If there were elements of the Richard II production that alluded to contemporary Arab reality, they mostly stayed far from Palestine, instead pointing vaguely to Arab military dictatorships as such, Saddam Qaddhafi, whatever (as you can see in the picture – this is Bolingbroke shortly before his coup, with Northumberland and Ross). This was done through the costumes and in the Jericho performance it must have been reinforced through the ruined-castle setting. But there was no effort to assign one-to-one Shakespearean labels to particular Palestinian characters or groups (e.g., Hamas or Fatah) or Arab events (e.g., the way Mubarak was deposed only to be replaced by his own top generals). None of that even seemed to matter. The company’s main work, according to the pre-show talk some of them gave (on which more later), had been to work back and forth with their director, who is Irish and knows no Arabic, to find the right Arabic equivalents, not cultural but mainly just linguistic, for each dense Shakespeare line (and it’s a very dense play with a lot of rhetorically scintillating bits). They succeeded wonderfully in places; apparently members of the Jericho audience told them it sounded as though Shakespeare had originally written the play in Arabic.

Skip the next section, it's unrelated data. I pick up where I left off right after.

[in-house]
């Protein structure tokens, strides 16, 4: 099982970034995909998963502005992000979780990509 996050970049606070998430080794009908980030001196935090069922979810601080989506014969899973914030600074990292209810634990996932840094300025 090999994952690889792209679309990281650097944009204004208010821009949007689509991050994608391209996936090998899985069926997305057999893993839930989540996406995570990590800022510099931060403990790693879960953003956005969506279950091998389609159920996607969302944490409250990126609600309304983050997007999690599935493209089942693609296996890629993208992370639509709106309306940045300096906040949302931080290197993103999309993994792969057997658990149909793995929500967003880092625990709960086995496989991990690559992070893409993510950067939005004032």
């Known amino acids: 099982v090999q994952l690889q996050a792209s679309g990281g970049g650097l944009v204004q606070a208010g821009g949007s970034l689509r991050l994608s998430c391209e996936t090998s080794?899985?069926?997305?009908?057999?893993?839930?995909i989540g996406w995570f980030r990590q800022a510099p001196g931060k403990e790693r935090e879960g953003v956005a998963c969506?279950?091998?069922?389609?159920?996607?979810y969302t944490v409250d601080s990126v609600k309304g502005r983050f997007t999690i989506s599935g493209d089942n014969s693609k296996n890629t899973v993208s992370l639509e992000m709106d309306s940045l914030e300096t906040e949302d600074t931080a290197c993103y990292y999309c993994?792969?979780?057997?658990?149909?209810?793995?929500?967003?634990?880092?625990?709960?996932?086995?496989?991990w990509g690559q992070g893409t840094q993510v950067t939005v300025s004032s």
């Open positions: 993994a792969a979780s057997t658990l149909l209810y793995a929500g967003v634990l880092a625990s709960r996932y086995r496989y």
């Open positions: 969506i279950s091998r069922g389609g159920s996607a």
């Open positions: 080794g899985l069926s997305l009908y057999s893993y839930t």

A few moments of political-allegorical resonance emerged organically, non-systematically from this process of working through to a poetic prose translation. For instance, my friend Katie and I both found it impossible not to hear John of Gaunt’s famous speech about his self-betraying homeland
This royal throne of kings, this scepter’d isle,